1) This is primarily relegated to antichristians or at the very least anti-orthodox Christian reaction and has almost always been. Arthur Drews, the USSR, the People's Republic of China, Kotoku Shusui, the earliest deists who promoted the view in the 1600's onward, the Deutscher Monistenbund (the exception kinda, sorta being Kalthoff, but even his goal with the Monist league was to replace Christianity), American Atheist (especially the press under Zindler), Atheist United (which funded Carrier's books), Hypatia Press (which is publishing Loftus' varieties of mythicism), Prometheus Books (a secularist press founded by Kurtz, who was a noted philosopher trying to disprove Christianity who, just so happened, to actively call into question Jesus' existence in his books too), Michael Martin and Raphael Lataster (philosophers of religion who have adamantly held to mythicist/agnostic stances and expounded upon them in their works to disprove Christianity, see Martin's Case Against Christianity and Lataster's PhD Thesis). Today, the vast majority of mythicists are found in places with an antichristian agenda.

You are right in your previous post that it does not disprove Christianity outright (Thomas L. Brodie is proof of this). But it does disprove orthodoxic Protestant, Eastern Orthodox, and Roman Catholic Christianity, which is what the vast majority of people are contending against. They aren't contending against the Brodie's of the world.

As for Fisher, Casey, and Hoffmann, as demonstrated above I disavow literally in the next sentence the conclusion that mythicists/agnostics are just reactionaries responding to Christianity ("some have taken the CMT to be nothing but that of radicals who have been polarized by religious upbringing and disillusionment from their former faith.")

Next, since you are also so interested in my personal reasons for putting my harsher critiques under a different name:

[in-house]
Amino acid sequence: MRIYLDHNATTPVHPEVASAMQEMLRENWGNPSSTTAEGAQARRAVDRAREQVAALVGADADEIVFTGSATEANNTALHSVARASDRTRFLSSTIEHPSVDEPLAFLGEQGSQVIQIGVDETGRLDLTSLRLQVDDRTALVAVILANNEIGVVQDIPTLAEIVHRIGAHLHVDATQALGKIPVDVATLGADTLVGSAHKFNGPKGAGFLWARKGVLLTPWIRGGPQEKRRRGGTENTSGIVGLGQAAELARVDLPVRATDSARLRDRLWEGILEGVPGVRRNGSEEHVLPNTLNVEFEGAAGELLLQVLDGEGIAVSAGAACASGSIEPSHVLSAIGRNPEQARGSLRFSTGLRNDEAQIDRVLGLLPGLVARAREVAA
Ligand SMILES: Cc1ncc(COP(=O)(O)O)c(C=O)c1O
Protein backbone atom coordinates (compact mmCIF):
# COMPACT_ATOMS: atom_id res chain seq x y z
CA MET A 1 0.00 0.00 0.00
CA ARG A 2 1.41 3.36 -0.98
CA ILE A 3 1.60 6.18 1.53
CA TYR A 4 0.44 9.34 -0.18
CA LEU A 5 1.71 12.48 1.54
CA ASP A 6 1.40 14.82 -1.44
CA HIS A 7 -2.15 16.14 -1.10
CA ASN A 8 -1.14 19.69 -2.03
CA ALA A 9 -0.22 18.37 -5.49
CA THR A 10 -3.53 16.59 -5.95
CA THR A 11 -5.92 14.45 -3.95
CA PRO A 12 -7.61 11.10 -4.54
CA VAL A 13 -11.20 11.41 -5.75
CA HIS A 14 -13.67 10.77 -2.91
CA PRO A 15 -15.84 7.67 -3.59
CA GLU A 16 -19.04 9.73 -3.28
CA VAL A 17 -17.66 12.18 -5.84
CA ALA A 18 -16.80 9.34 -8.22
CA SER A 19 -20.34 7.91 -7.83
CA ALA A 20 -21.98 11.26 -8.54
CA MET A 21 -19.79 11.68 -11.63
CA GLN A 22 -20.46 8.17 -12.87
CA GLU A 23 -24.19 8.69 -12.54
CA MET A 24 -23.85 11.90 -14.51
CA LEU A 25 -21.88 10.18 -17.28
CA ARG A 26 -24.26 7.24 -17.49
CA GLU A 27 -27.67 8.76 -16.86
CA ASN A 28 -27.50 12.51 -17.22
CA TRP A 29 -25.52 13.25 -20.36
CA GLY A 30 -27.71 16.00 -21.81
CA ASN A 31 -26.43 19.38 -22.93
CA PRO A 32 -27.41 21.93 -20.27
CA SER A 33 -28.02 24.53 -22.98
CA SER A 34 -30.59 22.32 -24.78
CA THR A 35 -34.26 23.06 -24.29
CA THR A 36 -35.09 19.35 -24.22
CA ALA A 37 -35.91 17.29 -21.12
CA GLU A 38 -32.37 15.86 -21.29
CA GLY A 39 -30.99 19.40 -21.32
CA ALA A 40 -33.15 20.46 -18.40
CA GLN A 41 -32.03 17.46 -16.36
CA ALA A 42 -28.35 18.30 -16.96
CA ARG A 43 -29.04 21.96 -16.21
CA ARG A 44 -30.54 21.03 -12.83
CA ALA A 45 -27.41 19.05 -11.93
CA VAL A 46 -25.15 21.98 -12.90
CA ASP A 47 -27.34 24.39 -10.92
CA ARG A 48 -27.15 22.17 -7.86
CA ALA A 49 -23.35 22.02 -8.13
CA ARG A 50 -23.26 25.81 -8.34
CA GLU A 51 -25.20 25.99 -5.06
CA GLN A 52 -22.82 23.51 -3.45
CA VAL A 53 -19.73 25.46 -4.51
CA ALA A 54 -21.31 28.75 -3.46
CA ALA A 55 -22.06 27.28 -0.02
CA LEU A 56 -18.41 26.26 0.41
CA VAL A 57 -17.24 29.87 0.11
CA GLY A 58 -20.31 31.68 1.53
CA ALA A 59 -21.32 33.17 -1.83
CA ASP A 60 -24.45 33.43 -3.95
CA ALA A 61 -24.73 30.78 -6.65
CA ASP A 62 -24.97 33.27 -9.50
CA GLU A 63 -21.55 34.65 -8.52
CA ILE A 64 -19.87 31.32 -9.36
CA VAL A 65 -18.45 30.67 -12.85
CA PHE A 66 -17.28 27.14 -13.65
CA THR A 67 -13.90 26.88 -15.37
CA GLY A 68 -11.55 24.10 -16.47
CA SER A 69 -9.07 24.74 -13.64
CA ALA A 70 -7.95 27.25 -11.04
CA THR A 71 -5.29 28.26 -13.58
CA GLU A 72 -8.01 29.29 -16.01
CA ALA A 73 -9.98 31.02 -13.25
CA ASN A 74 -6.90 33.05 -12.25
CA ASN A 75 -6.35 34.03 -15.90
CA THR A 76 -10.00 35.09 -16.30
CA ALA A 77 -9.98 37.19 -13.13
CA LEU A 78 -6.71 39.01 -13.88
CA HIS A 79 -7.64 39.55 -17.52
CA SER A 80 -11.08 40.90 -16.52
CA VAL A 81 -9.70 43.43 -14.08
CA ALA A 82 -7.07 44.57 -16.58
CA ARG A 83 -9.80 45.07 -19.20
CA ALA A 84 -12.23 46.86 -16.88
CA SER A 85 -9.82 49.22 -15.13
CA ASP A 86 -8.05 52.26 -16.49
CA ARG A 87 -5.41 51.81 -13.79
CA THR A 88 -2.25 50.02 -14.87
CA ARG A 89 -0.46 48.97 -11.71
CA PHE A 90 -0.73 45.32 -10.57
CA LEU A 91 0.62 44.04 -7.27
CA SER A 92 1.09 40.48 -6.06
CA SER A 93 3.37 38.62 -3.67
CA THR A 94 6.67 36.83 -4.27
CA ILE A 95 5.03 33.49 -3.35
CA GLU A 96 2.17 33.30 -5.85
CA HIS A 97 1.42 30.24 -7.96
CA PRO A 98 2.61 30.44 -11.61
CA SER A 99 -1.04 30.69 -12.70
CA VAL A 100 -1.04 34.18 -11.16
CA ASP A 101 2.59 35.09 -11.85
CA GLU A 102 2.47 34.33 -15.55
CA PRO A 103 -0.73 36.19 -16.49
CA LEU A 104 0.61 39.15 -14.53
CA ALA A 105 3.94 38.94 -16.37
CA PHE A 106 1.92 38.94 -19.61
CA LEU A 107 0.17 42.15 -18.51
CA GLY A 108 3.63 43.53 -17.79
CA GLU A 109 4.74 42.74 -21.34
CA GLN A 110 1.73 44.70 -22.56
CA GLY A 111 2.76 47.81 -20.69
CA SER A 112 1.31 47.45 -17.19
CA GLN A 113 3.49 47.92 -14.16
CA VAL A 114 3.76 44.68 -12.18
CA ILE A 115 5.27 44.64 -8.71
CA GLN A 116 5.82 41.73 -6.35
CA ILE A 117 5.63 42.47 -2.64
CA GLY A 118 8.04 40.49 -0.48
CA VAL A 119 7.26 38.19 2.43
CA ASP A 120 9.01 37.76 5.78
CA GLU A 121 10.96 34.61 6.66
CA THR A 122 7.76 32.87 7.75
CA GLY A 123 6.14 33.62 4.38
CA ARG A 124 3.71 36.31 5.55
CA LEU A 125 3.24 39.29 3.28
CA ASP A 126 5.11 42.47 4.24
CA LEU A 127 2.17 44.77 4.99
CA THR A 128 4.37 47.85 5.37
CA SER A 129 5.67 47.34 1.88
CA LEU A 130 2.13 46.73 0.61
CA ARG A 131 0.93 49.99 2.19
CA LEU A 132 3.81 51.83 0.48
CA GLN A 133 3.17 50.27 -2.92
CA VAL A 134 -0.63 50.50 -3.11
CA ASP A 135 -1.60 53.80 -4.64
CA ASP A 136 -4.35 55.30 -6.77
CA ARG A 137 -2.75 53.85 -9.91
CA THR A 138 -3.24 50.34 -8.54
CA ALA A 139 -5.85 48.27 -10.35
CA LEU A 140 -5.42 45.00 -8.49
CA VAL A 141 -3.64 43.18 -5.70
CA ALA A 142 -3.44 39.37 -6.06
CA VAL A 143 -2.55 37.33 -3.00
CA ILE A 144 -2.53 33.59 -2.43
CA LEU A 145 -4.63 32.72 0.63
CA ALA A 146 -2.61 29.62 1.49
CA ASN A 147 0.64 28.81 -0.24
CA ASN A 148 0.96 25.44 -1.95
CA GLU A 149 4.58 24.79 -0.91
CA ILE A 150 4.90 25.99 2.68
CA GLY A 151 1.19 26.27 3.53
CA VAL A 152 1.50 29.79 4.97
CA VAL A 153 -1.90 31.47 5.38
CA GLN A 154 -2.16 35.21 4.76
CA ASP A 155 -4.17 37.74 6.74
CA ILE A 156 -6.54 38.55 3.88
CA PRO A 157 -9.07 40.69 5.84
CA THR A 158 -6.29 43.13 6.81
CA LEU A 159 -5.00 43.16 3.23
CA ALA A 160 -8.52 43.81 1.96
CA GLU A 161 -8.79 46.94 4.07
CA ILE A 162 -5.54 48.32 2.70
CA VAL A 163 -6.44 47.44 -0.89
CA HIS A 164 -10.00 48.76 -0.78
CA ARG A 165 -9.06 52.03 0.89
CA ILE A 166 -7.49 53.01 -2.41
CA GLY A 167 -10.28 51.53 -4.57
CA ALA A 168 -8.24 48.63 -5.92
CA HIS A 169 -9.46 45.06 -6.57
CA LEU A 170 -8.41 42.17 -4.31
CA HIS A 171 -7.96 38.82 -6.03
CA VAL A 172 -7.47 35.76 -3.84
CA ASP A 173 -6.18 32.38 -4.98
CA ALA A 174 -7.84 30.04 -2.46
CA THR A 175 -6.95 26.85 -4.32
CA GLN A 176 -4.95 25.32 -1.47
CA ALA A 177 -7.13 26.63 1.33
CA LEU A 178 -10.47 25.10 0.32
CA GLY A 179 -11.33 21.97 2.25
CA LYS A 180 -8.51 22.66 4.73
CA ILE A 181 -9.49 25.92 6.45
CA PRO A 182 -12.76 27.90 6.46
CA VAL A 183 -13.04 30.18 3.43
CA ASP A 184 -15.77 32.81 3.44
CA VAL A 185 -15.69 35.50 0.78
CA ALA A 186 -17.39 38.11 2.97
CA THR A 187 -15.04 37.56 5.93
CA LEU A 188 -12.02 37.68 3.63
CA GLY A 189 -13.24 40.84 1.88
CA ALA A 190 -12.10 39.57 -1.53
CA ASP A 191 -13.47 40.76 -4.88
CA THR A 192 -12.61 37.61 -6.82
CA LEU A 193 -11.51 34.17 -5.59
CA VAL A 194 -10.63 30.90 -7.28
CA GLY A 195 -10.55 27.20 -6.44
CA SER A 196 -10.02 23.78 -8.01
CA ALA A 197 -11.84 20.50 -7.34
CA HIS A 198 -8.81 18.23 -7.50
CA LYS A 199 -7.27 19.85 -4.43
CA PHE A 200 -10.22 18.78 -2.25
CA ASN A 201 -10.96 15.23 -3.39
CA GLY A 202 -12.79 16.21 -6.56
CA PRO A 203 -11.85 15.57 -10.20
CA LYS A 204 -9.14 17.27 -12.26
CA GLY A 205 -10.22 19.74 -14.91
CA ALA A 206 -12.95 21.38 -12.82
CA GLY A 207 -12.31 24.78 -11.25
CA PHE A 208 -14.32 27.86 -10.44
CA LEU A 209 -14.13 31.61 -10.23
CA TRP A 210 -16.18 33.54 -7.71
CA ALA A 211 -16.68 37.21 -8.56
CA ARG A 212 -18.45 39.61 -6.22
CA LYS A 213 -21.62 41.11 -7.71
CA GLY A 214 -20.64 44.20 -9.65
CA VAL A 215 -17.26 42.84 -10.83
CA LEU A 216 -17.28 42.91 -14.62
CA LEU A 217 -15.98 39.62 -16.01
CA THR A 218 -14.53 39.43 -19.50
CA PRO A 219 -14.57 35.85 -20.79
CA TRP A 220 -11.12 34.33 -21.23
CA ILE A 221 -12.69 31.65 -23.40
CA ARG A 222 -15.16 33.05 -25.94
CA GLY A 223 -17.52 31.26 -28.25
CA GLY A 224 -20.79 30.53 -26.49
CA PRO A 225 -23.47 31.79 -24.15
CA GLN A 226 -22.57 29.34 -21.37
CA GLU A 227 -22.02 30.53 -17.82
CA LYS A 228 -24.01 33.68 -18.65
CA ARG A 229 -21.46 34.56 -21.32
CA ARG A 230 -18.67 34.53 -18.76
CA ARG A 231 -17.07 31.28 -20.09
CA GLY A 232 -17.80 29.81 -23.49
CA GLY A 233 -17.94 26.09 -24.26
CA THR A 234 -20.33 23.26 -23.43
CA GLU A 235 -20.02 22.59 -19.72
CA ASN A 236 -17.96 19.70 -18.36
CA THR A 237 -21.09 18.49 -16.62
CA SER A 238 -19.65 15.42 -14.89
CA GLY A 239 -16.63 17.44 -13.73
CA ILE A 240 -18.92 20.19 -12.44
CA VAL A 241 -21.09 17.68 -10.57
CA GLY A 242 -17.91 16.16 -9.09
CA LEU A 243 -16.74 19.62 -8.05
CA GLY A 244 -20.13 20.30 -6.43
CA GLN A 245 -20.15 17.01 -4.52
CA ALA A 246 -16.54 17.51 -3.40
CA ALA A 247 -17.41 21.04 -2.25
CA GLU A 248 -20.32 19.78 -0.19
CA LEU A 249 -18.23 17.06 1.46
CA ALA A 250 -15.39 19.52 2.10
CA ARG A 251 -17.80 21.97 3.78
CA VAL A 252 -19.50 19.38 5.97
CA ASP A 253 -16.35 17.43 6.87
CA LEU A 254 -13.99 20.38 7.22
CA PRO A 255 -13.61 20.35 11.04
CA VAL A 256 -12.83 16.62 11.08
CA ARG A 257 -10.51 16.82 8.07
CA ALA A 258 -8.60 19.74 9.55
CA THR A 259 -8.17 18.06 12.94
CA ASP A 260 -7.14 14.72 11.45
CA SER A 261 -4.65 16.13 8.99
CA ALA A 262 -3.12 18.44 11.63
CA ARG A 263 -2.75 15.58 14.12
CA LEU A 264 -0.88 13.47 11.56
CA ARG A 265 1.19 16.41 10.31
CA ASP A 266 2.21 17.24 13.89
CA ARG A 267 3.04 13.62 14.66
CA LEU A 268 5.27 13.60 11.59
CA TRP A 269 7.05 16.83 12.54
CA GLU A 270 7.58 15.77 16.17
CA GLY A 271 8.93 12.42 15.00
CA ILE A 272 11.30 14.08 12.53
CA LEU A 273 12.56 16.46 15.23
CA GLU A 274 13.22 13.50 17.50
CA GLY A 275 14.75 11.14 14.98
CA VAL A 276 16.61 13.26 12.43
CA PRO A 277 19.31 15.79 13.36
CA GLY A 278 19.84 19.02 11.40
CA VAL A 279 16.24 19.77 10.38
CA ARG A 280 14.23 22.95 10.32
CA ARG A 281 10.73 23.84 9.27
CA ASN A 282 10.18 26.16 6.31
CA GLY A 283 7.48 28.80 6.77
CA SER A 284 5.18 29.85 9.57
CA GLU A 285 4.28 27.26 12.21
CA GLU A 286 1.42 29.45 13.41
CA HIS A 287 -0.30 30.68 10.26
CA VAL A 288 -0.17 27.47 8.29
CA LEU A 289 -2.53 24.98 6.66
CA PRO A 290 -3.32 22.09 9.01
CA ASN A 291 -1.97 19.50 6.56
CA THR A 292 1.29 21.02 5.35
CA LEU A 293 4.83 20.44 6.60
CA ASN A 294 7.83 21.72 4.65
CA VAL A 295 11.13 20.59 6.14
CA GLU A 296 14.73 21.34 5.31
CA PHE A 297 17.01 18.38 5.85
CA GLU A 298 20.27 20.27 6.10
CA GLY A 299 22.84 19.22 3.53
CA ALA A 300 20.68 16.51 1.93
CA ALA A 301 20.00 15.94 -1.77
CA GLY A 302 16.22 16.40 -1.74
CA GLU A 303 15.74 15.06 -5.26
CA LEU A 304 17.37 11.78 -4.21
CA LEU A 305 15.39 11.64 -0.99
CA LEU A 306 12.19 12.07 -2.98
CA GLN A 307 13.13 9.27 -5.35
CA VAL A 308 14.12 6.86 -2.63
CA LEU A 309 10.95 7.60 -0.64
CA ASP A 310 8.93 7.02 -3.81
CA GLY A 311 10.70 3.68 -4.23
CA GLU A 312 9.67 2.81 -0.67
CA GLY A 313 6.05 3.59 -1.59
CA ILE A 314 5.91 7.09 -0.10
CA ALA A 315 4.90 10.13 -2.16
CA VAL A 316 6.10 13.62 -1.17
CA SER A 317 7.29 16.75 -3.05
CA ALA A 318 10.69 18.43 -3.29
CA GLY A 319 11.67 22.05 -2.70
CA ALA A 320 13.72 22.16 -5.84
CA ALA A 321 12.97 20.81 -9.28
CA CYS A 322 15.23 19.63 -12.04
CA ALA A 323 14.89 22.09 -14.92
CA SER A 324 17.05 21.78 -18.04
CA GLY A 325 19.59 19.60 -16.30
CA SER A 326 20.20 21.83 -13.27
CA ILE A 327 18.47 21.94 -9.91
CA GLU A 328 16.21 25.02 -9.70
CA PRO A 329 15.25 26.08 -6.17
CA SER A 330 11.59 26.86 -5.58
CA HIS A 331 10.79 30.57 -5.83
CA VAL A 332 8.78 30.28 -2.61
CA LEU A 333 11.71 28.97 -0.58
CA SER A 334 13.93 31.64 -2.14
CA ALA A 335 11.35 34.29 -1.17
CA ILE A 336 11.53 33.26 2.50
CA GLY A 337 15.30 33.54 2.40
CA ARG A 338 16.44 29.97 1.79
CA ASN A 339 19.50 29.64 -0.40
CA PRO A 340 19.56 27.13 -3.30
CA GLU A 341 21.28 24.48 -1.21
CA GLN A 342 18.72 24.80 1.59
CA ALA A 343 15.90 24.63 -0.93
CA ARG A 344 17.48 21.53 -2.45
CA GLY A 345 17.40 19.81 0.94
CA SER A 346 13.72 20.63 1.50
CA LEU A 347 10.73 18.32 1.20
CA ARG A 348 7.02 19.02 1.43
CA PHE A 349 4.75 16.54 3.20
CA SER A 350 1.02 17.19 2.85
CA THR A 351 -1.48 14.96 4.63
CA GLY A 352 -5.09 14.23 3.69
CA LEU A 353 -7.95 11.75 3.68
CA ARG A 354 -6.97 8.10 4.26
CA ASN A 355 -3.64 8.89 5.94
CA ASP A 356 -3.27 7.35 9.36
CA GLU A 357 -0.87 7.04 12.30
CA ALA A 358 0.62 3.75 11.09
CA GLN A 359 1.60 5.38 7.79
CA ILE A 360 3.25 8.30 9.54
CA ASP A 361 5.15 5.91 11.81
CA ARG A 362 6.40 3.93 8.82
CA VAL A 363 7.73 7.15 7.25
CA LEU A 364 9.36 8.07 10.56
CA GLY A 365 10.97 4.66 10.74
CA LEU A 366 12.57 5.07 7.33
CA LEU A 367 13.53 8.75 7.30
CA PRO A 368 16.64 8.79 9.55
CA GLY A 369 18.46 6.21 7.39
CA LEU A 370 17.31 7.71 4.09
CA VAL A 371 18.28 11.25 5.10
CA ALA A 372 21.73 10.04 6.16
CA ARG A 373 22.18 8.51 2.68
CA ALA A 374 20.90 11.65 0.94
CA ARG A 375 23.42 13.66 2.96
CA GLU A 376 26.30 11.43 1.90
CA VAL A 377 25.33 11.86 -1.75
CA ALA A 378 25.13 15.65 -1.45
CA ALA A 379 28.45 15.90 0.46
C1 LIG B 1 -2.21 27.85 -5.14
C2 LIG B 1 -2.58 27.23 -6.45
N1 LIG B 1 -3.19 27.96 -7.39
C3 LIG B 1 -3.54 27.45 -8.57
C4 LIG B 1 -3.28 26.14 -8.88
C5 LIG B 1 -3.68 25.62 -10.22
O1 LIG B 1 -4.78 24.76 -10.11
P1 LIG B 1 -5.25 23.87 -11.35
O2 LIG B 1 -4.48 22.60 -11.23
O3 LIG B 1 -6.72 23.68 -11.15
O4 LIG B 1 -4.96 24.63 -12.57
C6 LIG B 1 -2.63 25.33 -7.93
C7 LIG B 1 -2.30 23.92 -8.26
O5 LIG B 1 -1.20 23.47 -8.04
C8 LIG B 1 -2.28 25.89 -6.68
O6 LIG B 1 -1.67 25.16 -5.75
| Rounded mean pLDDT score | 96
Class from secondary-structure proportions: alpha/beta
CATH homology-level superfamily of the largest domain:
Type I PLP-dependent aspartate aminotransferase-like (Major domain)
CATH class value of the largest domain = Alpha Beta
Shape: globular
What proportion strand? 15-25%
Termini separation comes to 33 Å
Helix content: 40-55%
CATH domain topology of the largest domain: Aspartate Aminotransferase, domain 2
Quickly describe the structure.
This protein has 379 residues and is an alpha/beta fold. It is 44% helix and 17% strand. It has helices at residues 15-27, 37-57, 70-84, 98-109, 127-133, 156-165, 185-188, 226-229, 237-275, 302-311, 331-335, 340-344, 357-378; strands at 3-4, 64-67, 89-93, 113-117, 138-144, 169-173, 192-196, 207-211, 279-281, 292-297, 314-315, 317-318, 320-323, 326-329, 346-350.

(A) Because mythicists have actively attempted hurting my personal life by doxing me and attempting to disrupt my education.
(B) Because my local atheist community actually removed my membership because I was not a mythicist (and I know of others who have had this don against them as well).
(C) Because any time I make a negative comment calling someone out, I get lambasted half across the internet and then have to explain to various people reading this material what was going on.
(D) Because my work gets misconstrued for usage/rebuttal by apologists and mythicists/agnostics alike.
(E) Because I had to file a police report because a mythicist threatened to track me down and attack me for banning them from a FaceBook group.

This is likewise why I was going under a pen name for Loftus' volume. I was "PC Emery" writing the history of mythicism (and you can confirm that with Bob Price or with Loftus, or the publisher). I pulled my chapter after Bob's recent transphobic, Islamaphobic, and sexist comments were made, because frankly I don't need my work to be associated with that crap.

So yes, I have gone under different names on Vridar to avoid the crap that goes my way. But shame on me for having fear for my own livelihood after being threatened (which I have receipts of, btw, and am more than willing to email them to you).

2) I never said I was doing a sociological study (if that is what you are implying by the once again cut-off cherry picked fragment) nor do I have intentions to do so. In fact, after this book I have no intentions on ever engaging in this debate again, and plan on fully leaving behind mythicism and the Bible entirely, because frankly I'm beginning to see it as a waste of time. It has had demonstrably negative affects on my life, so I'm done after this.

But I get this is what happens when I try to make a book where my central thesis is that mythicism should be taken seriously and not handwaved. I get misconstrued, misrepresented, and lambasted for trying to protect my identity and for... noting ostensibly verifiable correlations.